I believe the proposed exemption recognizes potential investor protection concerns and represents a sensible framework to clarify the regulatory approach to finders.  It aims to strike a careful balance between benefits and obligations as it confines the scope of permissible activities to those that pose limited risks, while making sure that investors receive full and fair disclosure about the finder and his or her relationship with the issuer.  The proposed exemption does not limit the enforceability of the antifraud provisions of the federal securities laws.  Nor does the proposed exemption limit the ability of the Commission to go after bad actors, be they finders or registered brokers. 

Finally, the proposed exemption is indeed just that, a proposal.  While I believe it is a reasonable approach, I am interested in continuing to learn from those market participants who would use or be implicated by the exemption, including finders, issuers, and accredited investors.  Informed feedback can help uncover nuances we may have missed or operational issues we may not yet completely understand.  I encourage interested market participants to submit comments in response to our questions, and I look forward to receiving their feedback on the proposed exemption.  After all the years of uncertainty it is important that we hear from them to make sure the exemption would provide the clarity they have long sought. 

Thank you to Chairman Clayton for your leadership on this issue and to the staff in the Division of Trading and Markets for your thoughtful work.  Thank you also to the Division of Corporation Finance, the Division of Enforcement, the Division of Investment Management, the Office of the General Counsel, the Office of Compliance Inspections and Examinations, and the Office of the Advocate for Small Business Capital Formation for your many contributions to these efforts. 

[1] See Commissioner Elad L. Roisman, Remarks at SEC Speaks: Encouraging Smaller Entrants to Our Capital Markets (Apr. 18, 2019) available at; see also Remarks at the SIFMA Equity Market Structure Conference: The Dynamics of our Markets and the Changing Structure on which they are Built (Sept. 19, 2019) available at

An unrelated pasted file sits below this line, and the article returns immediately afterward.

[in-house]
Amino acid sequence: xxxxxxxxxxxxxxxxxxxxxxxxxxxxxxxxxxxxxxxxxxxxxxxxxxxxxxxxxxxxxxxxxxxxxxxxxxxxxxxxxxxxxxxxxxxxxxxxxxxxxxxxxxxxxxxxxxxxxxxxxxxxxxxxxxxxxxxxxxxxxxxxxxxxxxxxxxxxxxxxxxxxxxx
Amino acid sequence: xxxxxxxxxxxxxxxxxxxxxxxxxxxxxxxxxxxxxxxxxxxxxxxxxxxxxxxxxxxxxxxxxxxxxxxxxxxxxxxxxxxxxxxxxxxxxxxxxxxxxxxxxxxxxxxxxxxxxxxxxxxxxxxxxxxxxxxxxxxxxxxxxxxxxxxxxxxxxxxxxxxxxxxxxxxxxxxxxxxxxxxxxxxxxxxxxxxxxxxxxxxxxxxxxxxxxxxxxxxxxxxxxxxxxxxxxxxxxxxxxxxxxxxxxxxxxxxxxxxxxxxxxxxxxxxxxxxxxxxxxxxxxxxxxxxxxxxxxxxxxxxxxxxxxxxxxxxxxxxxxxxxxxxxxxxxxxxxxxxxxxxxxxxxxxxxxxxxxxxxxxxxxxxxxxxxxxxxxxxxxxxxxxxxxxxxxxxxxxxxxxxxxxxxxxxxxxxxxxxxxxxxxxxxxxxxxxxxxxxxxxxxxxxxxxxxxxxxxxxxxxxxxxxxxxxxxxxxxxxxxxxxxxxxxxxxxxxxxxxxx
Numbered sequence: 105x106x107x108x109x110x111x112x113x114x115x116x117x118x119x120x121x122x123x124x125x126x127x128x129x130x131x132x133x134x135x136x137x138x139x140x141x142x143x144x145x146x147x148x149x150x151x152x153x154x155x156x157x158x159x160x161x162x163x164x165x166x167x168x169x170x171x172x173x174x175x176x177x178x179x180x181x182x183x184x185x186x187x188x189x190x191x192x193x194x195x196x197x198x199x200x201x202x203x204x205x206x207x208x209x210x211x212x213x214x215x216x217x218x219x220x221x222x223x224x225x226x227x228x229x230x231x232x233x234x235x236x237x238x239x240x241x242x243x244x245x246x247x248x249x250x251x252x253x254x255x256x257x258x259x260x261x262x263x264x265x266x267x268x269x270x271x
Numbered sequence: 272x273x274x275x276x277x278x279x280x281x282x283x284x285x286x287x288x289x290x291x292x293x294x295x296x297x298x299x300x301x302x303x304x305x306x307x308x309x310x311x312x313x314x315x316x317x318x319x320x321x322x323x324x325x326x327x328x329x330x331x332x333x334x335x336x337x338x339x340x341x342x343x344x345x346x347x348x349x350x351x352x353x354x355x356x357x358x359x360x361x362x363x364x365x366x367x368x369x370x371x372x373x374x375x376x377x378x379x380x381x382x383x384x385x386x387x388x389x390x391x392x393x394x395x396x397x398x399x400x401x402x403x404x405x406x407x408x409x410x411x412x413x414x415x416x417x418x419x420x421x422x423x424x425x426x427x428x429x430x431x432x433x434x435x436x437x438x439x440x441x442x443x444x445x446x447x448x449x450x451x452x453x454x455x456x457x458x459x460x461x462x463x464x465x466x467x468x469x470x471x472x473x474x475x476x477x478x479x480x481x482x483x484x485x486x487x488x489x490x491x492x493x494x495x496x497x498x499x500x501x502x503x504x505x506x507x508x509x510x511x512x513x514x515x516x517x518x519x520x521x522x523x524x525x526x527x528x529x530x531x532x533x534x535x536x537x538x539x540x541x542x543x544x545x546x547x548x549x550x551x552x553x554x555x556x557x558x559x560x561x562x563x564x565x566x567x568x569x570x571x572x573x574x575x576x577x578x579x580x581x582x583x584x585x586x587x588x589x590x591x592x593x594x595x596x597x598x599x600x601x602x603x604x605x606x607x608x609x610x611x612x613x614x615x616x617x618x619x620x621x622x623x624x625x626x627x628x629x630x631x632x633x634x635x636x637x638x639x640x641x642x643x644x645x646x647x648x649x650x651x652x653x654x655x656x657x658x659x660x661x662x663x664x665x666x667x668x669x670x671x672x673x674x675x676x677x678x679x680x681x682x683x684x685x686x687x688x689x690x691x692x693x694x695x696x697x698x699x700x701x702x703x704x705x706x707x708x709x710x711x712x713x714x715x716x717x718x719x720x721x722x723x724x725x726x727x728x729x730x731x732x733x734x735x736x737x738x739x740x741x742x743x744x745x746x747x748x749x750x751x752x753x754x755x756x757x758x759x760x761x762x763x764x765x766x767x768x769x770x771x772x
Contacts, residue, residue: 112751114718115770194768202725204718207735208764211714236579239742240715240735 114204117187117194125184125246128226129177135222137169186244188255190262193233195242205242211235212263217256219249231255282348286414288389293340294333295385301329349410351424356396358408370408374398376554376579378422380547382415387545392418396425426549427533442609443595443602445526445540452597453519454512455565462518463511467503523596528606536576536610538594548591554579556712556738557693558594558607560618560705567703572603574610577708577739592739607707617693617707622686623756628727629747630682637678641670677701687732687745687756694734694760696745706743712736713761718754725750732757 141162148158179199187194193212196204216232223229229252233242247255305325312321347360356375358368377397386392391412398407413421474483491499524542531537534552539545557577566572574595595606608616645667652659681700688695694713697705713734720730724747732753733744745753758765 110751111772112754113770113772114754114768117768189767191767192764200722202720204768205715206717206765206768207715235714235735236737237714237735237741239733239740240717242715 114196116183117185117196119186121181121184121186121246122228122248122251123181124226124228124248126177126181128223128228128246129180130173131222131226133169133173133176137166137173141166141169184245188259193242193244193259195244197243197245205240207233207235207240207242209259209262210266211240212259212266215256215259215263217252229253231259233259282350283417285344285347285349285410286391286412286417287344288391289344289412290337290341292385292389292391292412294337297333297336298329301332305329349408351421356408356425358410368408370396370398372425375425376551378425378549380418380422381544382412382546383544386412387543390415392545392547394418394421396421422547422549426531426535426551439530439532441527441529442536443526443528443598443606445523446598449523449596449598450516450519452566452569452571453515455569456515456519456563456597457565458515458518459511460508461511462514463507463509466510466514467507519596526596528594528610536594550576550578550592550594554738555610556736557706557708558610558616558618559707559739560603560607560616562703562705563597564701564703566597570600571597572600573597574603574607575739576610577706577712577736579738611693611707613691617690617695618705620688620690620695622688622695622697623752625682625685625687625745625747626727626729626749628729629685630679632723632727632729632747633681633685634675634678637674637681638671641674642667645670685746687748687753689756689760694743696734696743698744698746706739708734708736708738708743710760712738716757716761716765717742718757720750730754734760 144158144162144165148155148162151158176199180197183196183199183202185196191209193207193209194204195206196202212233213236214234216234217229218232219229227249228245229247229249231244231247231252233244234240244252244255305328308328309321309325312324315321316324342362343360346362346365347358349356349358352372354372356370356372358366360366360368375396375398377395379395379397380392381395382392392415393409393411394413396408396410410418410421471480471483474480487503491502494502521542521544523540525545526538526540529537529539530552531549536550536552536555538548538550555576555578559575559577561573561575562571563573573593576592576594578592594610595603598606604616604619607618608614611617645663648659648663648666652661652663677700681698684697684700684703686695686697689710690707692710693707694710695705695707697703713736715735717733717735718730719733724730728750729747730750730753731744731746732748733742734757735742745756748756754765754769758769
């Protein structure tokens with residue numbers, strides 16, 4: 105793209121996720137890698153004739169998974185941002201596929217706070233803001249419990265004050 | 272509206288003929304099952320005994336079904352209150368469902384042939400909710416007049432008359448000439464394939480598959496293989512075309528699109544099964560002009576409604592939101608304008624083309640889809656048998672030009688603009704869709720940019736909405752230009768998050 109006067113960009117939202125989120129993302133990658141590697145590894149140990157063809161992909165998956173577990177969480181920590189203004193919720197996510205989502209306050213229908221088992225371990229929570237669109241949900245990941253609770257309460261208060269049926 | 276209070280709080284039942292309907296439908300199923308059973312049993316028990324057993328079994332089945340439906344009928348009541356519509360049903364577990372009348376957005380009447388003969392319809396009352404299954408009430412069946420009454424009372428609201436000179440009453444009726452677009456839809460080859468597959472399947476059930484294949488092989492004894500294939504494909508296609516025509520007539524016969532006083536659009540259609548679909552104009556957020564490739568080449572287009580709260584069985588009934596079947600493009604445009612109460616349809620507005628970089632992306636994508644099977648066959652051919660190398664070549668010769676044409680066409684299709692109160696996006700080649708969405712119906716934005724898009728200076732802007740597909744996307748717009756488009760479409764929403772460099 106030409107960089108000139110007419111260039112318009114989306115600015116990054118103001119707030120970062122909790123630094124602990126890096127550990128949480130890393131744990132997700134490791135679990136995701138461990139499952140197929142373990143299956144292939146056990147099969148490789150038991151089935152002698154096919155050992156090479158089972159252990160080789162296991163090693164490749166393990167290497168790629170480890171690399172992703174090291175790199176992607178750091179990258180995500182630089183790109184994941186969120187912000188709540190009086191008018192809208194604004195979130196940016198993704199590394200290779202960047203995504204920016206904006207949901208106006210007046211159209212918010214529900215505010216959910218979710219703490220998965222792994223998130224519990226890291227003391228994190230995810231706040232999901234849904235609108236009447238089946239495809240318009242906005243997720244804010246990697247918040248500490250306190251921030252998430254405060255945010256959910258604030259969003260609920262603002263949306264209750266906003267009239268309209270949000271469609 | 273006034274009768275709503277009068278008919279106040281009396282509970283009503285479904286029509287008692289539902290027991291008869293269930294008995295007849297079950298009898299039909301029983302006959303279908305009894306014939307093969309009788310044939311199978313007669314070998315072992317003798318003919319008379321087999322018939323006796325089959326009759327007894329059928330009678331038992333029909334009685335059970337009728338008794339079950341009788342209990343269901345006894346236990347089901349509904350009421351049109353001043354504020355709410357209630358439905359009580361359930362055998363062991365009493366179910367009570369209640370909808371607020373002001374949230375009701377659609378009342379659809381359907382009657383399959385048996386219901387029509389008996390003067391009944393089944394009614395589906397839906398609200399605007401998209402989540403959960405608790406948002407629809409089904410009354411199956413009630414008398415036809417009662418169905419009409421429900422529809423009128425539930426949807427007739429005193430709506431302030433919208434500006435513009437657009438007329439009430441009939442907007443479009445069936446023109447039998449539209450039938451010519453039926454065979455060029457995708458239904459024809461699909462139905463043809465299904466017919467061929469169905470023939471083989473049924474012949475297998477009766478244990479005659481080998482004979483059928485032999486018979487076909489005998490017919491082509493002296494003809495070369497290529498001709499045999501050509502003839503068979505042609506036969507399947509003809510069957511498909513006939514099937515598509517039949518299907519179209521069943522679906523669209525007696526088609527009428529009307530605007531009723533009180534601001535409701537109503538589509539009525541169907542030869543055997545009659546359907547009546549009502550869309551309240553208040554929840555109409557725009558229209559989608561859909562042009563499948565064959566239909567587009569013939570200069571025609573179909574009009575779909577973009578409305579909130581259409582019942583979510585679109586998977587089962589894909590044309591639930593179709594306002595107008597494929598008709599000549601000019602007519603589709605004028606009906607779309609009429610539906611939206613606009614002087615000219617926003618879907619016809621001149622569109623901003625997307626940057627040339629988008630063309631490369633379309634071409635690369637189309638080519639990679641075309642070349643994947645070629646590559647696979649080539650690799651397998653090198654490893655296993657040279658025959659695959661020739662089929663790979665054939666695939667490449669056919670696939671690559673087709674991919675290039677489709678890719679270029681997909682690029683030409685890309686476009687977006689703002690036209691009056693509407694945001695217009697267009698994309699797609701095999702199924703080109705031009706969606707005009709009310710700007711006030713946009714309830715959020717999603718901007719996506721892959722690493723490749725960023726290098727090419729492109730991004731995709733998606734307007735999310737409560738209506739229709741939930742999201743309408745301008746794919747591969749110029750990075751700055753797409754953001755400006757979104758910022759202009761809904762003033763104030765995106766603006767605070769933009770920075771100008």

[2] See, e.g., Paul Anka, SEC No-Action Letter (Jul. 24, 1991); SEC v. Mapp, 2017 U.S. Dist. LEXIS 29267 (E.D. Tex. Mar. 2, 2017) (finding that the defendant acted as a “finder, as opposed to a broker, as he was “merely facilitating securities transactions rather than performing the functions of a broker”); and SEC v. Offill, Civil Action No. 3:07-CV-1643-D (N.D. Tex. Jan. 26, 2012) (stating that a finder “bring[s] the parties together with no involvement on [his] part in negotiating the price or any of the other terms of the transaction.’”).

[3] See Report and Recommendations of the American Bar Association Business Law Section Task Force on Private Placement Broker-Dealers (June 2005), available at

[4] See, e.g., Recommendations Regarding the Regulation of Finders and Other Intermediaries in Small Business Capital Formation Transactions (Sept. 2015) available at; Recommendation Regarding Finders, Private Placement Brokers, and Investment Platforms Not Registered as Broker-Dealers (May 2017) available at; and Recommendations regarding the Capital Formation Proposal (May 2020), available at

[5] See, e.g., 24th Annual SEC Government-Business Forum on Small Business Capital Formation, Final Report (Nov. 2005) available at; and 39th Annual SEC Government-Business Forum on Small Business Capital Formation, Final Report (Sept. 2020) available at

[6] See U.S. Treasury, “A Financial System That Creates Economic Opportunities: Capital Markets” (Oct. 2017), at  44, available at

[7] See, e.g., Office of the Advocate for Small Business Capital Formation, Annual Report for Fiscal Year 2019, at 27, 31, and 36, available at also Presentation at Feb. 4, 2020 Small Business Capital Formation Advisory Committee meeting by James Gelfer, Senior Strategist, Lead Venture Analyst, PitchBook, available at at 13 (showing that 22.8% of VC deals and 14.2% of VC dollars in 2019 involved companies with at least one female founder and 6.8% of VC deals and 2.7% of VC dollars in 2019 involved companies with all female founders.; Banerji, Devika & Reimer, Torsten, Startup Founders and Their LinkedIn Connections: Are Well-Connected Entrepreneurs More Successful? 90 Computers in Hum. Behavior 46 (2019) (finding that social connectedness of founders was the best predictor of funds raised); Redd, Tammi C. and Wu, Sibin, “Gender Differences in Acquiring Business Support from Online Social Networks” (2020), available at pp22-36 (highlighting gender differences between social networks and the process of creating network ties for men and women); Looze, Jessica and Desai, Sameeksha, “Challenges Along the Entrepreneurial Journey: Considerations for Entrepreneurship Supporters” (2020) available at (noting that aspiring entrepreneurs reported acquiring funds to start or grow the business as one of the key challenges, followed by networks and connections).

[8] The proposed exemption would not affect a finder’s obligation to continue to comply with all other applicable laws, including the antifraud provisions of the Securities Act and the Exchange Act, such as the obligations under Section 10(b) and Rule 10b-5 under the Exchange Act as well as state laws.

Return to Top